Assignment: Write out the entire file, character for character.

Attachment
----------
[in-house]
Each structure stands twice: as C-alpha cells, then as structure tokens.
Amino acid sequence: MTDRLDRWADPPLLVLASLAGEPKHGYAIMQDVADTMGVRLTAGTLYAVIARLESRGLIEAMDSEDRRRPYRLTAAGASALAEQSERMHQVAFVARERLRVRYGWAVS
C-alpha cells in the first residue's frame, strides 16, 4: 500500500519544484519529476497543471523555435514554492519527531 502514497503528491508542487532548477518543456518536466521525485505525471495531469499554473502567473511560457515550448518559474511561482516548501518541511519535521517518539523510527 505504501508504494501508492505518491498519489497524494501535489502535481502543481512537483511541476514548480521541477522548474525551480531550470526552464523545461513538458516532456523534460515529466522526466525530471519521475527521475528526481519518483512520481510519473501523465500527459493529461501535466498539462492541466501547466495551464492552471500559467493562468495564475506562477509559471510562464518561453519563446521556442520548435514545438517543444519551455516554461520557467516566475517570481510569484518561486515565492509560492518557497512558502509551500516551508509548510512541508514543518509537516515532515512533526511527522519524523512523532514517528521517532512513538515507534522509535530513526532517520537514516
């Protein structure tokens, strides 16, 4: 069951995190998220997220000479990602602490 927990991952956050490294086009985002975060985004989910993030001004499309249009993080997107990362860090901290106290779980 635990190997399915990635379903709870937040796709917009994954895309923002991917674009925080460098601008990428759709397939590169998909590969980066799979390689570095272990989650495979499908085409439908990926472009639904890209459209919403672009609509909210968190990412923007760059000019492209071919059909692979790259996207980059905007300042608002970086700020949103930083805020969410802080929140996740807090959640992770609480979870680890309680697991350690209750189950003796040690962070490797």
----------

[in-house]
Each structure stands twice: as C-alpha cells, then as structure tokens.
Amino acid sequence: MTDRLDRWADPPLLVLASLAGEPKHGYAIMQDVADTMGVRLTAGTLYAVIARLESRGLIEAMDSEDRRRPYRLTAAGASALAEQSERMHQVAFVARERLRVRYGWAVS
C-alpha cells in the first residue's frame, strides 16, 4: 500500500519544484519529476497543471523555435514554492519527531 502514497503528491508542487532548477518543456518536466521525485505525471495531469499554473502567473511560457515550448518559474511561482516548501518541511519535521517518539523510527 505504501508504494501508492505518491498519489497524494501535489502535481502543481512537483511541476514548480521541477522548474525551480531550470526552464523545461513538458516532456523534460515529466522526466525530471519521475527521475528526481519518483512520481510519473501523465500527459493529461501535466498539462492541466501547466495551464492552471500559467493562468495564475506562477509559471510562464518561453519563446521556442520548435514545438517543444519551455516554461520557467516566475517570481510569484518561486515565492509560492518557497512558502509551500516551508509548510512541508514543518509537516515532515512533526511527522519524523512523532514517528521517532512513538515507534522509535530513526532517520537514516
């Protein structure tokens, strides 16, 4: 069951995190998220997220000479990602602490 927990991952956050490294086009985002975060985004989910993030001004499309249009993080997107990362860090901290106290779980 635990190997399915990635379903709870937040796709917009994954895309923002991917674009925080460098601008990428759709397939590169998909590969980066799979390689570095272990989650495979499908085409439908990926472009639904890209459209919403672009609509909210968190990412923007760059000019492209071919059909692979790259996207980059905007300042608002970086700020949103930083805020969410802080929140996740807090959640992770609480979870680890309680697991350690209750189950003796040690962070490797």